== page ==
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Joe Guzzardi: Is saving the Delta smelt worth the lost water?

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Posted: Friday, May 22, 2015 10:33 pm

The infamous Delta smelt recently found itself as the headline story in two of the nation’s most respected publications, the Wall Street Journal and National Geographic. Read together, the stories underline California’s greatest environmental challenge. With University of California paleoclimatoligist Lynn Ingram predicting that the drought could last another 200 years, how much longer can advocates make the case that the three-inch smelt must be saved despite its cost in increasingly scarce water?

In her book, “The West without Water: What Past Floods, Droughts and Other Climate Clues Tell Us about Tomorrow,” Ingram wrote that a medieval California once endured a century without water and fears that the comparatively wet 20th century may have been a fluke.

For California’s farmers, worrying about what may happen during the next two centuries places the cart before the horse. The State Water Resources Control Board has put California’s most senior water rights holders on alert that they may soon receive curtailment orders that would essentially cut off, for the first time since the 1970s, the river water flow to the state’s major agricultural districts.

The wisdom of providing plenty of water for the smelt but dramatically less water for farmers and residents is a subject that’s drawn national attention. After all, what’s produced in California is consumed in all 50 states.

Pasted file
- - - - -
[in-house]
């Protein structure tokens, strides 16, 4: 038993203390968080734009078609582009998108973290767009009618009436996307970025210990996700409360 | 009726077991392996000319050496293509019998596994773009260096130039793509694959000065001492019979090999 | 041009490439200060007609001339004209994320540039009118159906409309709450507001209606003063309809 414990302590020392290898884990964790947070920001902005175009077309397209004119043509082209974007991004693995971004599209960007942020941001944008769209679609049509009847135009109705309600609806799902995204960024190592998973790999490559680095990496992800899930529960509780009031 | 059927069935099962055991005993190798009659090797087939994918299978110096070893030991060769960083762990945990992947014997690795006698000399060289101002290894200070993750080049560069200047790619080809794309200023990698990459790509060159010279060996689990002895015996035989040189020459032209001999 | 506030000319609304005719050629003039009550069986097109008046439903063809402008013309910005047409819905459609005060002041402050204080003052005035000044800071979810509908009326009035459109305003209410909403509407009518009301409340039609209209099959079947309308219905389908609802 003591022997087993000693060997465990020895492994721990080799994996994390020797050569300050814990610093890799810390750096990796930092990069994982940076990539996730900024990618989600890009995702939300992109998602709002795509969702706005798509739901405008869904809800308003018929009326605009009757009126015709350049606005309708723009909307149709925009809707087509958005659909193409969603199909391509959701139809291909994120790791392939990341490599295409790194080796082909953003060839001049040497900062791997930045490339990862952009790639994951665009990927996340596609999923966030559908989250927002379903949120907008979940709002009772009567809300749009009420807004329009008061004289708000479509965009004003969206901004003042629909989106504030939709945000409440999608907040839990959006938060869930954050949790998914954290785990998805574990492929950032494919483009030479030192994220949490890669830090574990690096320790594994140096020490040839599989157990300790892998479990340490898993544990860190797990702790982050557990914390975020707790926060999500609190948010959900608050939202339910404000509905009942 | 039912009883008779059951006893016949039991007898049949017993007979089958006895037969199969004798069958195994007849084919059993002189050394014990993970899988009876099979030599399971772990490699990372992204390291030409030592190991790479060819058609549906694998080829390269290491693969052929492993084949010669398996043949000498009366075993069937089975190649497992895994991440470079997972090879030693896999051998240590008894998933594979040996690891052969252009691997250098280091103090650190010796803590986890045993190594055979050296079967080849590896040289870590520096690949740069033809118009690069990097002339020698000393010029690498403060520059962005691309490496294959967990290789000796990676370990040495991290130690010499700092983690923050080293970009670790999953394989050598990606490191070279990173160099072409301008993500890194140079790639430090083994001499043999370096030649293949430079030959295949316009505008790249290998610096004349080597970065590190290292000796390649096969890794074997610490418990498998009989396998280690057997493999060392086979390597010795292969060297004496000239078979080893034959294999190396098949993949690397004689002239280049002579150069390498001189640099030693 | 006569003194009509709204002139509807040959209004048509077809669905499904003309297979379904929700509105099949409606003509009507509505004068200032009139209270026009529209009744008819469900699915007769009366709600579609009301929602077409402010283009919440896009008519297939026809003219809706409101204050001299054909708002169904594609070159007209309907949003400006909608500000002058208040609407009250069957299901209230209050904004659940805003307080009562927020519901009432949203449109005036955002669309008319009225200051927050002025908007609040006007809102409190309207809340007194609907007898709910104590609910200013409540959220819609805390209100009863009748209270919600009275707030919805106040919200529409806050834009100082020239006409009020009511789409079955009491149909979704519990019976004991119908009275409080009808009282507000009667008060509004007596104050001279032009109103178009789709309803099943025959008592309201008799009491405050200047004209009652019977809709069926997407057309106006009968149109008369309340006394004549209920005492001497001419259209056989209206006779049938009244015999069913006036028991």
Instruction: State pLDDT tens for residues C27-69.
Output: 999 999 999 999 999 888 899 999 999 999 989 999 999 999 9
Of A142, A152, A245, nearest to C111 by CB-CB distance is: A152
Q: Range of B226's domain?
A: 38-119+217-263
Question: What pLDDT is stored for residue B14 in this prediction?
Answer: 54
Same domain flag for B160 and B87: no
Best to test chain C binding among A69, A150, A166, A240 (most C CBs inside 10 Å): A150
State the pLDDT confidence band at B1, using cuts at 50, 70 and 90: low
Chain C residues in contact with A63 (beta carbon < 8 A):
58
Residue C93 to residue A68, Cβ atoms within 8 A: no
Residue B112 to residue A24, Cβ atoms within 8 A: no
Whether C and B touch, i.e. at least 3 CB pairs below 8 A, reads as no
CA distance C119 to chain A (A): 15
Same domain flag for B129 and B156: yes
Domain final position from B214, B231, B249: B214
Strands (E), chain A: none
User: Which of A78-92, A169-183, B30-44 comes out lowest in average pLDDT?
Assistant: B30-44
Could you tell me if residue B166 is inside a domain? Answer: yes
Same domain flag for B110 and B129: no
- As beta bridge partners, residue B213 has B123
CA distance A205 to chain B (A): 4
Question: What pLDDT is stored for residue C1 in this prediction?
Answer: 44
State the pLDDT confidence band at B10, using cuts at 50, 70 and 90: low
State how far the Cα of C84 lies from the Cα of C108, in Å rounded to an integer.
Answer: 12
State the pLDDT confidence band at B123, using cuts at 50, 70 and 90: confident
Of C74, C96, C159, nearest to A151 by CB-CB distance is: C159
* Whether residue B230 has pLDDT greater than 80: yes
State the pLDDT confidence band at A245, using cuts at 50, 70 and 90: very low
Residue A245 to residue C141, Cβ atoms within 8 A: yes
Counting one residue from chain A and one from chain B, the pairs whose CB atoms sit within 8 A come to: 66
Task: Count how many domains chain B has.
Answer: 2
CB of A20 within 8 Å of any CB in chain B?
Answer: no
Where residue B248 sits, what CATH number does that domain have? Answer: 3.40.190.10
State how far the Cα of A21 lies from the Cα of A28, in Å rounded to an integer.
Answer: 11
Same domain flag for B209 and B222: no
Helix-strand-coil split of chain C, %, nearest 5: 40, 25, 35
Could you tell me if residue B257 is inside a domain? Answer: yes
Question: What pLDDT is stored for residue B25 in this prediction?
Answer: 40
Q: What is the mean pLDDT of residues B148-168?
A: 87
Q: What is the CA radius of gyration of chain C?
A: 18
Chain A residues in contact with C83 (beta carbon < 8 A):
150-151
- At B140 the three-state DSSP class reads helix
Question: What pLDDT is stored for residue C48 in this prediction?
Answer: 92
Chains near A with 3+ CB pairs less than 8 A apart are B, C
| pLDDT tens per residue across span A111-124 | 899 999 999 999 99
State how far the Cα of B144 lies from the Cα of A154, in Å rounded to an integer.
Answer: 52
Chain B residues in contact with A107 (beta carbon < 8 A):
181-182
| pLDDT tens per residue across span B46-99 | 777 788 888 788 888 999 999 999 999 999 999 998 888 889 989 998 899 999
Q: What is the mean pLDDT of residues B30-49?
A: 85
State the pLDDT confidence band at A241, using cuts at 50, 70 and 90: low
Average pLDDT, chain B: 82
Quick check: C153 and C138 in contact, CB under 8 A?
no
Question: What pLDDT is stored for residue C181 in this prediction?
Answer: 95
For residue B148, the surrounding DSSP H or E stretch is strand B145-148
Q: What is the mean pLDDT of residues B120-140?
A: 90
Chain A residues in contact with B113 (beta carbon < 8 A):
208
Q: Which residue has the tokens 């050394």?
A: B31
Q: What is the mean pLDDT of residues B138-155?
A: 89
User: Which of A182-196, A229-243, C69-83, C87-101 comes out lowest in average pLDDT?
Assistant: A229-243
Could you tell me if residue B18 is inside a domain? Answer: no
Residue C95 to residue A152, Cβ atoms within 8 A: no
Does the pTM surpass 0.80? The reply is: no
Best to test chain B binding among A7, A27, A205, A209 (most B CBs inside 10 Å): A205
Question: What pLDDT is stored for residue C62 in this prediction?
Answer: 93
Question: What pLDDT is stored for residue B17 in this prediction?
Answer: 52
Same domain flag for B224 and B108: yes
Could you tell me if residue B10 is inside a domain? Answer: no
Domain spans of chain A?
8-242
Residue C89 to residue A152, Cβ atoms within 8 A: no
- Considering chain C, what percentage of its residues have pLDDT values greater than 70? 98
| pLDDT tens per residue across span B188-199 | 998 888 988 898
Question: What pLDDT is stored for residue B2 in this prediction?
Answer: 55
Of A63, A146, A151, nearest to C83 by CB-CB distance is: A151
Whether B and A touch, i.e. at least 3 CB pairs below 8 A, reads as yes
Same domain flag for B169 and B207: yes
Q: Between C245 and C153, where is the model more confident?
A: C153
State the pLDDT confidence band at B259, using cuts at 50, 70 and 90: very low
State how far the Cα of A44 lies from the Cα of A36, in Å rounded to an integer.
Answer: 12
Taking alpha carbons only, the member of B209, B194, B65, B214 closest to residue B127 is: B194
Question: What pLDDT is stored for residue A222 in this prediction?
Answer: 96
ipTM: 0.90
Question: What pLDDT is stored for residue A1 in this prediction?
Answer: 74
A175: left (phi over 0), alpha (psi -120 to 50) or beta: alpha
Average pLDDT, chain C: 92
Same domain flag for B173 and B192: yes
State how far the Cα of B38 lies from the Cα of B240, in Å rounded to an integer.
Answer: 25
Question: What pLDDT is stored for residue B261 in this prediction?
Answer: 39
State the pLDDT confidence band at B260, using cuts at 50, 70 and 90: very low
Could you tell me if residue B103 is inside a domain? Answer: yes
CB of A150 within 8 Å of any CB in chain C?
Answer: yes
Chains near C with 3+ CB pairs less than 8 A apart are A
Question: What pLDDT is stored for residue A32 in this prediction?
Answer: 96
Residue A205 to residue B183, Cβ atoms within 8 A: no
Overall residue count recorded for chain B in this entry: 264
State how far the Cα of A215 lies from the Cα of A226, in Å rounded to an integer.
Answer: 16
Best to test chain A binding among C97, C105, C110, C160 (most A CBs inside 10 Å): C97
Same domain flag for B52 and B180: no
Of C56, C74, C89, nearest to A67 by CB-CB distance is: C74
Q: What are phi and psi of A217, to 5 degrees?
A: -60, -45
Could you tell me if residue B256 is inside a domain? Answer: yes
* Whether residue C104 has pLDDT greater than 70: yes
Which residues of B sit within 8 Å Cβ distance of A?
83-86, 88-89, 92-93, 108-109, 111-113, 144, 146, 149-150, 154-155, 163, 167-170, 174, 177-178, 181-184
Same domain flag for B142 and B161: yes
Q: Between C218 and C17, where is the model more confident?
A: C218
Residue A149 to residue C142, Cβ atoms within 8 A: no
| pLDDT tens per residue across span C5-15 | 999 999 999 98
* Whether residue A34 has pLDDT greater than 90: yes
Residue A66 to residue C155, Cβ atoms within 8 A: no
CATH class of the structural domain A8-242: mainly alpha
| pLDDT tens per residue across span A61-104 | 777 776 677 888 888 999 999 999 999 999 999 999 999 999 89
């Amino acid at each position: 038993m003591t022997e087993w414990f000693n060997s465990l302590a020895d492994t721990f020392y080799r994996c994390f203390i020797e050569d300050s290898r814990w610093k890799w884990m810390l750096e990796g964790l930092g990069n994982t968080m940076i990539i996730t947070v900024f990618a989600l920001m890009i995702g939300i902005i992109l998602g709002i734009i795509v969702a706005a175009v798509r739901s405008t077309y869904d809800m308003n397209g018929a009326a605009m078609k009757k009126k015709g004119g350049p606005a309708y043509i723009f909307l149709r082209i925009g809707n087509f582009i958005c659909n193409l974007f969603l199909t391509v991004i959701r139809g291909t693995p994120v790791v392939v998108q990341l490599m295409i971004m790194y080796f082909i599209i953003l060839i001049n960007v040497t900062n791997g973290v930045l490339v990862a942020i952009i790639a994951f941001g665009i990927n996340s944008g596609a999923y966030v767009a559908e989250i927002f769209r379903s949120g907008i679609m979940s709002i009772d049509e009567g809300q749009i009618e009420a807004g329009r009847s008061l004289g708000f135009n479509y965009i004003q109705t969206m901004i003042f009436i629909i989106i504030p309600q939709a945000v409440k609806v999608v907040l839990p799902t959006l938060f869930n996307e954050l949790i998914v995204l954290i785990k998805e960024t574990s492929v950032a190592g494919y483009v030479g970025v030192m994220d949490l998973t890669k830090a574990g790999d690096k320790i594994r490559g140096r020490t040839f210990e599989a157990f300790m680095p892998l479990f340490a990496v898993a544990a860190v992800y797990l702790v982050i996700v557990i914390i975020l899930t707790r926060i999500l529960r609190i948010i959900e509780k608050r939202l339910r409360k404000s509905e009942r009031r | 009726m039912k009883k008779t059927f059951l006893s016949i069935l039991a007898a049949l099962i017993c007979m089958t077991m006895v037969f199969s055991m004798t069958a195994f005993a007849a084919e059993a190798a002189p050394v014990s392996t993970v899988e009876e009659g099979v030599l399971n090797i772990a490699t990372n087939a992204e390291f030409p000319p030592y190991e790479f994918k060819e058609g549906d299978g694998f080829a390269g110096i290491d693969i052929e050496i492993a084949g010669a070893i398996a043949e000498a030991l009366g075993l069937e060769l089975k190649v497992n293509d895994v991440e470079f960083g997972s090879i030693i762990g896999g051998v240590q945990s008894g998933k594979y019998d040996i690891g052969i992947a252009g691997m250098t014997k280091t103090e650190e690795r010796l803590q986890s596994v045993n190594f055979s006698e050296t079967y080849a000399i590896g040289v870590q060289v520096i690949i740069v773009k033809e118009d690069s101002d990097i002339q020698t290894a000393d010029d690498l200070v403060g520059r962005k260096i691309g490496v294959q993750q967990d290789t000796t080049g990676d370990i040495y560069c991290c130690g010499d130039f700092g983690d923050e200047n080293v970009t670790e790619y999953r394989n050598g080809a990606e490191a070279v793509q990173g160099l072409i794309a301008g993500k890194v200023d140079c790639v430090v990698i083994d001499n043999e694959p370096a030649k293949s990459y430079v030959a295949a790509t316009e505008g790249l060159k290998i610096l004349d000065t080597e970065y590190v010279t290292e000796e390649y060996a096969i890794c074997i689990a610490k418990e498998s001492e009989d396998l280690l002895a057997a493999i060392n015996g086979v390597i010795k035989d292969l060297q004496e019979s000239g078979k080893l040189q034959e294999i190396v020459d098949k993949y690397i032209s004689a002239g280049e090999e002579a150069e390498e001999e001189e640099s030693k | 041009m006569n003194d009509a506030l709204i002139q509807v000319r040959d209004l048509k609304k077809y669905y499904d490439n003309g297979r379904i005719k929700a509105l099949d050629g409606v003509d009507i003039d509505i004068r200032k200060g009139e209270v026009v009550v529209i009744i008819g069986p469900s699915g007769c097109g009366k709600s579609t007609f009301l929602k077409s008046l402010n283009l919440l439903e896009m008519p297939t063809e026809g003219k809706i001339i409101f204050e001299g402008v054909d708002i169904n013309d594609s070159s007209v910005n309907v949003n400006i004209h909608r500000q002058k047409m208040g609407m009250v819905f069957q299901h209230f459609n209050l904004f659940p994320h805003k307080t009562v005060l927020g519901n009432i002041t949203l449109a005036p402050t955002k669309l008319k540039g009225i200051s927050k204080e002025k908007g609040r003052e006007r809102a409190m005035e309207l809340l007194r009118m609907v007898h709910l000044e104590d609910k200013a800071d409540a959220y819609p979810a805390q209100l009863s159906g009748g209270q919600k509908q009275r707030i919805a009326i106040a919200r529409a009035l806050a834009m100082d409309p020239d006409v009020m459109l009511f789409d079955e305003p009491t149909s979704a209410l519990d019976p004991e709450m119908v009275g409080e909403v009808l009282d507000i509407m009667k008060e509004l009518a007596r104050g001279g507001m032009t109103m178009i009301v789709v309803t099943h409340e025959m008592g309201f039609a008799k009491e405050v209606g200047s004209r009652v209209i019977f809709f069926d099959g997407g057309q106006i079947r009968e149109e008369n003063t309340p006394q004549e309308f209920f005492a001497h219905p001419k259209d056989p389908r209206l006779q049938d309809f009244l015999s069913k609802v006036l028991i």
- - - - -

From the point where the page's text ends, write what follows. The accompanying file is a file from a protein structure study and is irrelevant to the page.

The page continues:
Here’s an update on the smelt and the controversy swirling around it, helpfully provided by Journal editorial board writer Allysia Finley in her story. California’s almond growers need about 1.1 gallons of water to produce a single unit, homeowners use 1.3 gallons to flush their toilets, but to protect the smelt from water pumps, government regulators have since 2008 sent 1.4 trillion gallons into the San Francisco Bay, enough water to provide for 6.4 million Californians for six years.

Yet these dramatic measures have not helped the smelt’s fate. Protected since 1993 under the Environmental Species Act, the smelt’s population has been in steady decline for years with little chance of rebounding. Last month, the smelt count dropped to a record low of six, four females and two males. In 2002, biologists found 238. With an imbalanced ratio of male to female smelts, breeding becomes more unlikely.

University of California, Davis biologist Peter Moyle called the chances of the smelt surviving beyond two years is “small,” especially if the dry conditions continue. Moyle, who has studied the smelt for decades, feels a personal obligation to save it even though he admits few care about its fate.

Assemblyman Travis Allen’s opinion on the smelt more likely reflects the California majority. Allen said that when the state diverts water to save “a few pinky-size fish” while hundreds of thousands of acres are left fallow, there’s “something wrong with our priorities.”

As California’s water crisis deepens, it may be time to give up on the commercially useless smelt. Technically, they’ll never be extinct. At the UC Davis Fish Conservation and Cultural Laboratory, biologists have successfully raised the smelt in dozens of temperature-controlled tanks. Beginning with 160 fish in 2006, the labs have produced 250 pairs a year.

As Assemblyman Allen said, if it comes down to what he called “bait fish” or California’s parched families, “it’s a pretty easy decision to make.”

Joe Guzzardi retired from the Lodi Unified School District in 2008. He’s currently a Californians for Population Stabilization senior writing fellow. Contact him at joeguzzardi@capsweb.org.

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